By completing these tasks, you will have a clearer direction toward a well-constructed finished product. Keep the information your project folder for reference to see if you are presenting what you intended. The focus of the story might change, and you can adjust the paragraph and long line as needed. Doing this will create a more focused writing, and these items are also good to have if you approach an editor or agent. They will also keep you from being the stammering writer at a workshop.

Friday, November 6, 2015

November Writing Extravaganza NaNoWriMo

It's November, and many MANY people are involved in the sometimes fun/sometimes arduous adventure of NaNoWriMo. This acronym stands for National Novel Writing Month. November is that month with the challenge to write 50,000 words in one month.
NaNoWriMo logo

You think, How silly! Well, maybe. It can often kick start a profitable project, as it did for Carol Buchannan and Craig Lancaster (I name these two of many because they’re fellow Montanans), or merely push a wanna-be writer to use words (and words and words).

NaNoWriMo also has benefits that don't involve personal writing.
Since it's inception in 1999 in a small region of the California coast, it has become an international organization with participant numbers increasing each year. As a nonprofit organization (established in 2006) it partners with schools and libraries projects, especially to aid youngsters appreciation of language and writing.

The public concept of mega-writing might seem cute or masochistic, but NaNoWriMo is a valuable part of the literary community.

Learn more: at Wikipedia and the NaNoWriMo site.

Good Marketing from the Past

On occasion I run across odd gems that deal with writing. One such is the 1922 pamphlet "The Short-cut to Successful Writing." I picked it out of a used book bin, its cover quite intact, thinking what a chuckle this would be. Surprise, surprise! Madam Elinor Glyn, the book's author, offered interesting encouragement to new authors. Here's a Glyn suggestion:

"Every one of the great writers and playwrights you have ever read about or heard of--everyone of them had to begin at a weak starting point. Every one of them was uncertain at the outset. Every one of them had to overcome his or her doubts or misgivings…When they started many didn't really know what they COULD do. The wonderful part about literary ability is that we do not know how much of it we have in us. Then, by persistency, by patient development, by proper guidance, we may some day bloom forth all of a sudden and surprise even ourselves!"
Fine words to remember, especially when embarking on a new project.

Why is this anecdote a marketing tip? Because that's just what Madam Glyn was doing. The entire thirty-two page (book size: 7.5" x 4.75") pamphlet was enticement from her publisher for people to buy her book about writing. It was an early 20th century INFOMERCIAL where on the last page the publisher exhorts, "Right this minute—NOW, when you finish reading this—is your chance to send for The Elinor Glyn System…"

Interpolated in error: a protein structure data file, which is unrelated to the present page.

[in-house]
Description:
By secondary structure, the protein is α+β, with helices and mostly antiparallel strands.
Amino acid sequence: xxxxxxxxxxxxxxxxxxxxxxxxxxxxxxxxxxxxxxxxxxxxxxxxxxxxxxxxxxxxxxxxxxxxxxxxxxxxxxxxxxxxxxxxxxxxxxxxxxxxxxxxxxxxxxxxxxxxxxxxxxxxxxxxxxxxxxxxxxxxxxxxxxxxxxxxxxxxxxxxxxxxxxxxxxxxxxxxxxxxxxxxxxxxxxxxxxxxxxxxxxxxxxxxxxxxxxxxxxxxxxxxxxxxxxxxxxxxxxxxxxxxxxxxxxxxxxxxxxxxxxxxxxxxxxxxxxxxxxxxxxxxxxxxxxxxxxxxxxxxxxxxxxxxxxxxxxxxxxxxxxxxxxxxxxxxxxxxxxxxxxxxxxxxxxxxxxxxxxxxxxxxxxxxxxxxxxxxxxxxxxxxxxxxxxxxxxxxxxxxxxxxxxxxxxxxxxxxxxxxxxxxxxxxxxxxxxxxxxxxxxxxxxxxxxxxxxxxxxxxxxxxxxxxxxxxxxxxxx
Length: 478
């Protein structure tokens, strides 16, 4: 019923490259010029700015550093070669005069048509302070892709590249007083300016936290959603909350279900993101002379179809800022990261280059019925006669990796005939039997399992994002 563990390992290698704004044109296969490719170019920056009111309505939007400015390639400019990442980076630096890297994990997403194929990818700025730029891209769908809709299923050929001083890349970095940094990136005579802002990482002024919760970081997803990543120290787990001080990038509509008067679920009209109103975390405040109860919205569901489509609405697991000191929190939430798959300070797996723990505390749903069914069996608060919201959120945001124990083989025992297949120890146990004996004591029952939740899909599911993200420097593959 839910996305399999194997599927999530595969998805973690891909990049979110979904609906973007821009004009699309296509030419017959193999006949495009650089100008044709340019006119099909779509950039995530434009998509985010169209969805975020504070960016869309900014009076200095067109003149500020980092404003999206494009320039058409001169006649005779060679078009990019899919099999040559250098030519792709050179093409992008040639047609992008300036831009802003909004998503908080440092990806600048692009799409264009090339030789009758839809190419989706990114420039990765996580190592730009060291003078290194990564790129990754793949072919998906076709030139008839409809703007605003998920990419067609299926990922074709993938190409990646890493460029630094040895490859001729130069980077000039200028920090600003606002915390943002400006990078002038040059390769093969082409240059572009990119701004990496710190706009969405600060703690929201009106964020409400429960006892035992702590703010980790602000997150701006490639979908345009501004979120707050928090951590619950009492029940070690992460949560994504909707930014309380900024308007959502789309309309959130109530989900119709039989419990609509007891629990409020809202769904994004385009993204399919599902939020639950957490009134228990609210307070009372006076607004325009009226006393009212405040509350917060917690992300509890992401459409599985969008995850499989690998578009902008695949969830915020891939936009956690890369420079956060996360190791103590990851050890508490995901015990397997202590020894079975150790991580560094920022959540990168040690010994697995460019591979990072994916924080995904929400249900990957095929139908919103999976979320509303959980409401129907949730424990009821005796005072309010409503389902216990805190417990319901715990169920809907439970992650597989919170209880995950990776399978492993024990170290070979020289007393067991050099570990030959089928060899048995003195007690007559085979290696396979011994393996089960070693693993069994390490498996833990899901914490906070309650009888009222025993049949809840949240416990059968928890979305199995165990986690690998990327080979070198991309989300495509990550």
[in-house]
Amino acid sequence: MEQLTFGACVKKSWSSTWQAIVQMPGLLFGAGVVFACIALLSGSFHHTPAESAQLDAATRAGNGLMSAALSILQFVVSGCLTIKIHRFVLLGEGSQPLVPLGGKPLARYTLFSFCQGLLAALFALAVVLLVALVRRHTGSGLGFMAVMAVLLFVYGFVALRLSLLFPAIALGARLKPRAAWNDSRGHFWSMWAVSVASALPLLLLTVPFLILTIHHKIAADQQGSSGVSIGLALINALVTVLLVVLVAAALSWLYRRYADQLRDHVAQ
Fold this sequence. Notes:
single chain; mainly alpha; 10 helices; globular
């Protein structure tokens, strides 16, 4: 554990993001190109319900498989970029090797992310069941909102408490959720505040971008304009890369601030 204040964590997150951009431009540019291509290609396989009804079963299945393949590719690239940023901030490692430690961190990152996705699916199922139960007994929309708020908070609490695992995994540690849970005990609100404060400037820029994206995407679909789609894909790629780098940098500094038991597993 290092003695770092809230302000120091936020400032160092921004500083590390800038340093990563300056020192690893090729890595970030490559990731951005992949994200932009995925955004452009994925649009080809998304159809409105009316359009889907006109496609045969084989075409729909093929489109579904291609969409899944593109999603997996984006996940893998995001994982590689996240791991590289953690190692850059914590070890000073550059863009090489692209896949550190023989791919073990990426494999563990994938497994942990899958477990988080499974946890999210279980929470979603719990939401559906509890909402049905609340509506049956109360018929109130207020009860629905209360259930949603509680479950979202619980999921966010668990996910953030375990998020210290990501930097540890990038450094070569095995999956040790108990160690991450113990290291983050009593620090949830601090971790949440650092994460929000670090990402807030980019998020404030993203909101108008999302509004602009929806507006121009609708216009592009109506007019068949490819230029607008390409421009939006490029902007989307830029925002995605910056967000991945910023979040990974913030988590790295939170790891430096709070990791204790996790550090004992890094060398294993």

It's good marketing with tidbits of advice, pages of endorsements, and a sincere promise of more in the complete book. Successful marketing develops from offering something to a client, not just hoping people will buy.

Wednesday, November 4, 2015

Beat the Blahs and Avoid the Block

Writers block is often talked about among writers and other creative artists, and is usually looked on as a great affliction unique to the profession. But think about it as two problems, not just one. The first is the moderate Writer's Blahs.
Dictionaries define blah as a feeling of boredom, lethargy or general dissatisfaction. It's a universal condition and not restricted to one profession or lifestyle. Many executives, secretaries, pilots, grocery clerks, teachers, doctors et cetera often get up some mornings and really don't want to go to work. It's an effort to get dressed and leave the house. It's hard for them not to catch a different bus or not to turn their car away from their employment. Nearly anyone with any job will at some time face this malaise and lack of desire to get to work.
Freelance writers get the blahs, too. Those mornings will arise when the brain just doesn't want to fiddle with words and headlines or story plots. The clack of the keyboard is nerve wracking. The manuscript seems just a heap of paper holding down one end of the desk.
There are several productive ways to get over the blahs, and many of them come from advantages freelance writers have over traditionally-employed people.
1. Adjust your thinking: Your most obvious advantage is that you don't have to "go to work." This doesn't mean you've given up on a task, or are shirking duty. If you decide not to write for one morning or day, you haven't committed some "writer's sin." Problems most often become greater with over analysis. You think, "I don't feel like writing today. Oh dear, I must have writer's block! Woe is me!" That thought could get lodged behind all other activities so that nothing seems satisfactory or productive. This creates a tension that could ruin a whole day.

2. Remember that your work is always with you: A freelance writer's main tool is thought. Even when you aren't transferring these thoughts as words to some medium, you're still working. A break from the physical act of "writing" can give a chance for the thoughts to percolate and become better defined.

3. Get some physical exercise: Whether it's a long jog, a trip to the gym or doing isometric exercises in your living room, the increase of oxygen to the brain stimulates thoughts.